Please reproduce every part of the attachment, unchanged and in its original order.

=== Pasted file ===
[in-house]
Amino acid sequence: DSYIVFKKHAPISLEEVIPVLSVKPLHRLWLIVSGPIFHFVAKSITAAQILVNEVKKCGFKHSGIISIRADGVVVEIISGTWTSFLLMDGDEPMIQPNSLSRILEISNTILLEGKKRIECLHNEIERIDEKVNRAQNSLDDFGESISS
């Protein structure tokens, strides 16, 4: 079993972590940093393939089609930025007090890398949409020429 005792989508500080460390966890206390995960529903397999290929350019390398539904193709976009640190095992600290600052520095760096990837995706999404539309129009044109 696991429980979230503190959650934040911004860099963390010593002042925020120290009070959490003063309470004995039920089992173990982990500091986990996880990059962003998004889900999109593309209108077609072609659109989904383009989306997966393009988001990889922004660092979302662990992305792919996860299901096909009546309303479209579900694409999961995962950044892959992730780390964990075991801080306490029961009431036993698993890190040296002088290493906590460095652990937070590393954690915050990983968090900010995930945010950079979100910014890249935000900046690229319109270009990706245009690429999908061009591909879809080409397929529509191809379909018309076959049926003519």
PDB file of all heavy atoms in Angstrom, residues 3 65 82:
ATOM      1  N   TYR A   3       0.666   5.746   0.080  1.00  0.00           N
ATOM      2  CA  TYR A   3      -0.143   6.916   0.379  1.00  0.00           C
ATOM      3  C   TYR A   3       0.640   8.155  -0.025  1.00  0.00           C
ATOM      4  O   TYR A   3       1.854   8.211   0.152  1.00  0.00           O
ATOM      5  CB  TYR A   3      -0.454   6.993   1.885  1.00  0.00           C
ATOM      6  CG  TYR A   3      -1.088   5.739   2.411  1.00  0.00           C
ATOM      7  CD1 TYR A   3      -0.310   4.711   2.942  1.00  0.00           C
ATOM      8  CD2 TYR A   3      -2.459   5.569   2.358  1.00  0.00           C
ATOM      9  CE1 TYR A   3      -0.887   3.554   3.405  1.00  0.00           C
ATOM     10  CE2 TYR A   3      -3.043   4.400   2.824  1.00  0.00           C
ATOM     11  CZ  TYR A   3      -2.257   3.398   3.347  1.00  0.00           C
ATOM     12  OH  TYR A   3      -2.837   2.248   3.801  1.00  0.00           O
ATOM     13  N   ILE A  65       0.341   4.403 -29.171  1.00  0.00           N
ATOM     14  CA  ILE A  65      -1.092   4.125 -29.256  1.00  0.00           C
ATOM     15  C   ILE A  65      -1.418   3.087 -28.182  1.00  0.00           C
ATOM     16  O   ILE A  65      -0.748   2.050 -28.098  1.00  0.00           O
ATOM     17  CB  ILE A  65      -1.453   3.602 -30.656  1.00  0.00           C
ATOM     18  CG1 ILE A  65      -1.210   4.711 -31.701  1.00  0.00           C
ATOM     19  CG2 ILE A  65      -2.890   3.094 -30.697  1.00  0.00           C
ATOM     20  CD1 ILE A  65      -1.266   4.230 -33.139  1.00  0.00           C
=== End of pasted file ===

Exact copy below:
[in-house]
Amino acid sequence: DSYIVFKKHAPISLEEVIPVLSVKPLHRLWLIVSGPIFHFVAKSITAAQILVNEVKKCGFKHSGIISIRADGVVVEIISGTWTSFLLMDGDEPMIQPNSLSRILEISNTILLEGKKRIECLHNEIERIDEKVNRAQNSLDDFGESISS
């Protein structure tokens, strides 16, 4: 079993972590940093393939089609930025007090890398949409020429 005792989508500080460390966890206390995960529903397999290929350019390398539904193709976009640190095992600290600052520095760096990837995706999404539309129009044109 696991429980979230503190959650934040911004860099963390010593002042925020120290009070959490003063309470004995039920089992173990982990500091986990996880990059962003998004889900999109593309209108077609072609659109989904383009989306997966393009988001990889922004660092979302662990992305792919996860299901096909009546309303479209579900694409999961995962950044892959992730780390964990075991801080306490029961009431036993698993890190040296002088290493906590460095652990937070590393954690915050990983968090900010995930945010950079979100910014890249935000900046690229319109270009990706245009690429999908061009591909879809080409397929529509191809379909018309076959049926003519």
PDB file of all heavy atoms in Angstrom, residues 3 65 82:
ATOM      1  N   TYR A   3       0.666   5.746   0.080  1.00  0.00           N
ATOM      2  CA  TYR A   3      -0.143   6.916   0.379  1.00  0.00           C
ATOM      3  C   TYR A   3       0.640   8.155  -0.025  1.00  0.00           C
ATOM      4  O   TYR A   3       1.854   8.211   0.152  1.00  0.00           O
ATOM      5  CB  TYR A   3      -0.454   6.993   1.885  1.00  0.00           C
ATOM      6  CG  TYR A   3      -1.088   5.739   2.411  1.00  0.00           C
ATOM      7  CD1 TYR A   3      -0.310   4.711   2.942  1.00  0.00           C
ATOM      8  CD2 TYR A   3      -2.459   5.569   2.358  1.00  0.00           C
ATOM      9  CE1 TYR A   3      -0.887   3.554   3.405  1.00  0.00           C
ATOM     10  CE2 TYR A   3      -3.043   4.400   2.824  1.00  0.00           C
ATOM     11  CZ  TYR A   3      -2.257   3.398   3.347  1.00  0.00           C
ATOM     12  OH  TYR A   3      -2.837   2.248   3.801  1.00  0.00           O
ATOM     13  N   ILE A  65       0.341   4.403 -29.171  1.00  0.00           N
ATOM     14  CA  ILE A  65      -1.092   4.125 -29.256  1.00  0.00           C
ATOM     15  C   ILE A  65      -1.418   3.087 -28.182  1.00  0.00           C
ATOM     16  O   ILE A  65      -0.748   2.050 -28.098  1.00  0.00           O
ATOM     17  CB  ILE A  65      -1.453   3.602 -30.656  1.00  0.00           C
ATOM     18  CG1 ILE A  65      -1.210   4.711 -31.701  1.00  0.00           C
ATOM     19  CG2 ILE A  65      -2.890   3.094 -30.697  1.00  0.00           C
ATOM     20  CD1 ILE A  65      -1.266   4.230 -33.139  1.00  0.00           C